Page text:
Guest Actor Biography
Page 21 of 127


Julian Chagrin

Jennings, Look - (stop me if you've heard this one) But There Were These Two Fellers...

by Pete Stampede

Julian Chagrin was a leading mime, often working with his wife (confusingly called Claude). Despite his French name, he was actually born in Manchester. He appeared in the celebrated game of tennis with no ball in Michaelangelo Antonioni's Blow Up (1966); he could also be spotted, unbilled, as one of the dancers in the climactic musical scene of Dudley Moore's semi-autobiographical Thirty Is A Dangerous Age, Cynthia (1968). Not long after this episode was made, he was a regular on a transatlantic oddity made by Lew Grade. In America, it was called Dean Martin Presents The Golddiggers In London (NBC, 1970), understandably enough as that was where it was made, and it starred Dino's girl dancing troupe, as a summer replacement for his usual show; it was the show that inadvertently launched Marty Feldman in America, as for reasons too complicated to go into, Grade's company ITC took the unusual step of buying material from the BBC, namely the elaborate, usually silent filmed sketches from It's Marty Feldman (BBC, 68-1969). In Britain, it was just called The Golddiggers (ATV, 1970), with them, Chagrin and the deeply camp Charles Nelson Reilly as regulars, ran for half an hour, and had no Feldman clips.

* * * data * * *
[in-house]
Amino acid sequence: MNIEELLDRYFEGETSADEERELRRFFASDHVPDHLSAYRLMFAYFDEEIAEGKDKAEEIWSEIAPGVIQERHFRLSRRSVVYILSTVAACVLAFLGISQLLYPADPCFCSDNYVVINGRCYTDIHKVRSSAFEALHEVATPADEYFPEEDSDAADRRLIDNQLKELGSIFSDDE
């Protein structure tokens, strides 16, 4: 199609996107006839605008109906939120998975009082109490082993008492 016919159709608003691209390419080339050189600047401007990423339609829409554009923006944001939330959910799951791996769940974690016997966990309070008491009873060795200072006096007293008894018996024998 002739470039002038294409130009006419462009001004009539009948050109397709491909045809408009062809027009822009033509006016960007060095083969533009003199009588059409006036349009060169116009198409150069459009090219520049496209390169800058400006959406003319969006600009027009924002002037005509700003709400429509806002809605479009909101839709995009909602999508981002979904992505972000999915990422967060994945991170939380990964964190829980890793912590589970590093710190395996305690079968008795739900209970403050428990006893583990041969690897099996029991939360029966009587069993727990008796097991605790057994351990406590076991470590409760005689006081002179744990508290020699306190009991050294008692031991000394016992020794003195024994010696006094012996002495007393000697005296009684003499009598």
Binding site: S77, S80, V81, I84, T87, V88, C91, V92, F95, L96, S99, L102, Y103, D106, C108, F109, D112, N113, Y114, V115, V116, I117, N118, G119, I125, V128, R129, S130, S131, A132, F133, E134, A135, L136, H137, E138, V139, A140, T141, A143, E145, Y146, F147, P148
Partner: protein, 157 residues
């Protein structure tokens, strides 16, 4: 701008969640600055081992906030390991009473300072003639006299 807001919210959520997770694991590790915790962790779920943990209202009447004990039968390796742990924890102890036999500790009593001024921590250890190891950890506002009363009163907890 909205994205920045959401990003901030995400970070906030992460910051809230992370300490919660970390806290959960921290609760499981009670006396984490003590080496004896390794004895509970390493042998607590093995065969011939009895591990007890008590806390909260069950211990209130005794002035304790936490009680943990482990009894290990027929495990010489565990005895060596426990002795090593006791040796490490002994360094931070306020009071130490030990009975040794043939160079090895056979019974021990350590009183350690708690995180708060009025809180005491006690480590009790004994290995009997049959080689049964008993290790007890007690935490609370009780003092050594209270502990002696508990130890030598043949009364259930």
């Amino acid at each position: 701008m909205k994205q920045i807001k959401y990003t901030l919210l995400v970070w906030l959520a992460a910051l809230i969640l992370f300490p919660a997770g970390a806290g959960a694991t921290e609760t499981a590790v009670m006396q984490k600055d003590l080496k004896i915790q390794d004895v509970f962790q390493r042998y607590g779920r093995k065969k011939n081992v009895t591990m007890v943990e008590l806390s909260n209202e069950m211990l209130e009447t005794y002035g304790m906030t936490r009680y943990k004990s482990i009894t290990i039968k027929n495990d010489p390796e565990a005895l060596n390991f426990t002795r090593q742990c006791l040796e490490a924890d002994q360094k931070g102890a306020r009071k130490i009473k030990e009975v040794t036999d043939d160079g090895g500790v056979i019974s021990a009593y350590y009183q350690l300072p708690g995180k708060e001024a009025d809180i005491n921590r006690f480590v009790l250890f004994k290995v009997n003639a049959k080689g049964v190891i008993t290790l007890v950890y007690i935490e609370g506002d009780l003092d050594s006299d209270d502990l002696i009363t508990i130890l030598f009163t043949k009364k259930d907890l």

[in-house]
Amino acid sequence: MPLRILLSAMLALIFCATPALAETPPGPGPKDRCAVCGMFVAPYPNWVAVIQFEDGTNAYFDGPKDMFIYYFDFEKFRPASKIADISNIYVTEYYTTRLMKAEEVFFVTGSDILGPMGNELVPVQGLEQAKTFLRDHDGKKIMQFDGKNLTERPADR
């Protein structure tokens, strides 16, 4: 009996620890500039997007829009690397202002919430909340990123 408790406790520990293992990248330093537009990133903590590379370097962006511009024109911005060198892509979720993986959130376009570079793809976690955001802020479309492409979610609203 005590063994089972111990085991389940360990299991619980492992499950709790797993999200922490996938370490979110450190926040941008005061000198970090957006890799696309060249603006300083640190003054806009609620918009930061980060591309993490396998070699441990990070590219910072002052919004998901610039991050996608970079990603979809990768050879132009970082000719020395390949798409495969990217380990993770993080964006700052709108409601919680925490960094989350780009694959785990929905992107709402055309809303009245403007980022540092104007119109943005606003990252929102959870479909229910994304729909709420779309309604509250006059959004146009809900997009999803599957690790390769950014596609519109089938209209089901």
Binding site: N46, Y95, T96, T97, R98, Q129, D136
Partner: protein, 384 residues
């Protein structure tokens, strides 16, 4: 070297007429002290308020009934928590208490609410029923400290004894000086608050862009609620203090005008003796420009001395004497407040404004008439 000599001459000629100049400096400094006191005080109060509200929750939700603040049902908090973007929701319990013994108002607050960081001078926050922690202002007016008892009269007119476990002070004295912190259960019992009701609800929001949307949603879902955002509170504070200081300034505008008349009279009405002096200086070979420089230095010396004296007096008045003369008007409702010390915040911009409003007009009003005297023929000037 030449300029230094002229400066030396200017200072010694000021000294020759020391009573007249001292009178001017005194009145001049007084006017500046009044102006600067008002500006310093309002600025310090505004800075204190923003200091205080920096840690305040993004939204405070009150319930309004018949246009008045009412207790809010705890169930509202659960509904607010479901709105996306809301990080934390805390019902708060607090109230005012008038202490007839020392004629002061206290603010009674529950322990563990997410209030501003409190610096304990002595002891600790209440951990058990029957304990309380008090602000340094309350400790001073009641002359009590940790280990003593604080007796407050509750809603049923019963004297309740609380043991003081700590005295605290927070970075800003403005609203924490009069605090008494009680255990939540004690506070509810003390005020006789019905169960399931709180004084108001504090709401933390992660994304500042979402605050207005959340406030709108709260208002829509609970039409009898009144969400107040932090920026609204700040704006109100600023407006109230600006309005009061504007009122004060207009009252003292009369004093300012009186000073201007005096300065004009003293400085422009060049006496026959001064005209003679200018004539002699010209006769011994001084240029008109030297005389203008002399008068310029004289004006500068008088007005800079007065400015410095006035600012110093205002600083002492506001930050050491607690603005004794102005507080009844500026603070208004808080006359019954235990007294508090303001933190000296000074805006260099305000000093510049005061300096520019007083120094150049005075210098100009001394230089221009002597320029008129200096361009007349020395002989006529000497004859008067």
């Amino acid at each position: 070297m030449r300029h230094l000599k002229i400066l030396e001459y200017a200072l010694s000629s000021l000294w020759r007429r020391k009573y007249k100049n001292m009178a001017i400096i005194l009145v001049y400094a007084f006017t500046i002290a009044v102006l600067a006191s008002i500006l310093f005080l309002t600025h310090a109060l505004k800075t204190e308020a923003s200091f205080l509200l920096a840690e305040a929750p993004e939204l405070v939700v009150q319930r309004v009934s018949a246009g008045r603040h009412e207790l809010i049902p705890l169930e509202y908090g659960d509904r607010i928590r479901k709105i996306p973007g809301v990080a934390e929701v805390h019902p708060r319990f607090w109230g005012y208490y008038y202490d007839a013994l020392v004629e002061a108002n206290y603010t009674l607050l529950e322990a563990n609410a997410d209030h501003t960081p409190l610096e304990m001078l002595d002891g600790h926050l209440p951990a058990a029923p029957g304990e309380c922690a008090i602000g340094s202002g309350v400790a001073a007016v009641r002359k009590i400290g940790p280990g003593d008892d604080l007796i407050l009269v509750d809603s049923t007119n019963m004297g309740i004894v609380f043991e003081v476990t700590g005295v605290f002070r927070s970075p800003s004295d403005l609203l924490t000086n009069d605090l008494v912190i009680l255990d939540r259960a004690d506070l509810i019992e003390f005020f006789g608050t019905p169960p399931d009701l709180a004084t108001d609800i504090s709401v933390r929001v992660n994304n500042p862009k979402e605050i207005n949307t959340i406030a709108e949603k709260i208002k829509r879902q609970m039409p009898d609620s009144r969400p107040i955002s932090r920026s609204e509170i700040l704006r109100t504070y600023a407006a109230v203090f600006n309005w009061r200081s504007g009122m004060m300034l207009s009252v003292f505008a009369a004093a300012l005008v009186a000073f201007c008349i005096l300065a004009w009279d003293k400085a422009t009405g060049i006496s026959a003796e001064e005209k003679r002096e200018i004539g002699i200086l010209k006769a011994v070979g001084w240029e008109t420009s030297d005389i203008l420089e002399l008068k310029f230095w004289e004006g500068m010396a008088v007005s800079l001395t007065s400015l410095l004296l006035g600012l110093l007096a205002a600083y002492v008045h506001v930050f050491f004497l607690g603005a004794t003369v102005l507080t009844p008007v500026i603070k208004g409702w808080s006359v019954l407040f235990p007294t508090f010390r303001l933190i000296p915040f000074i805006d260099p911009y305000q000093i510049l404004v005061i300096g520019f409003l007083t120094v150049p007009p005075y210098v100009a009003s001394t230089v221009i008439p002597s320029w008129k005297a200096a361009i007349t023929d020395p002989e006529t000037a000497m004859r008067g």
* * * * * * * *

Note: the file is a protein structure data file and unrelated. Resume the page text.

Along with John Bluthal and Carol Cleveland, Chagrin supported Spike Milligan in a Christmas special, The Last Turkey In The Shop Show (BBC, 1974); anyone who's read Spike's war memoirs will know what the title means, and why its meaning can't possibly be explained in a family site such as this! Also in the mid-70s, a short film Chagrin starred in, wrote and directed, Morning Spider, is fondly recalled by those who saw it. With his hairstyle seemingly unaltered since the 60's, he did a very silly, long-running soft drink commercial in the 80's, raiding the fridge at night while declaiming "I'm a secret lemonade drinker..." He mimed to that song, reasonably enough, and it was actually performed by Ross McManus, father of Declan McManus, otherwise known as Elvis Costello. Later that decade, Chagrin moved to Israel, and has lately been billed as Julian Joy-Chagrin, such as in a TV series, The Orchestra (United Studios of Israel, mid-80's). He starred in this mime series as the Maestro, in white tie and tails throughout, and again wrote and directed; it turned up on Channel 4 in 1986-87, and one episode won the Golden Rose of Montreux in 1985. I definitely recall him appearing in London, at a festival of mime, in the late 80's. Brian Clemens' notes in the margin for The Ultimate Avengers mention that at one time Linda Thorson was Chagrin's assistant in his stage act.

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Page last modified: 5 May 2017.

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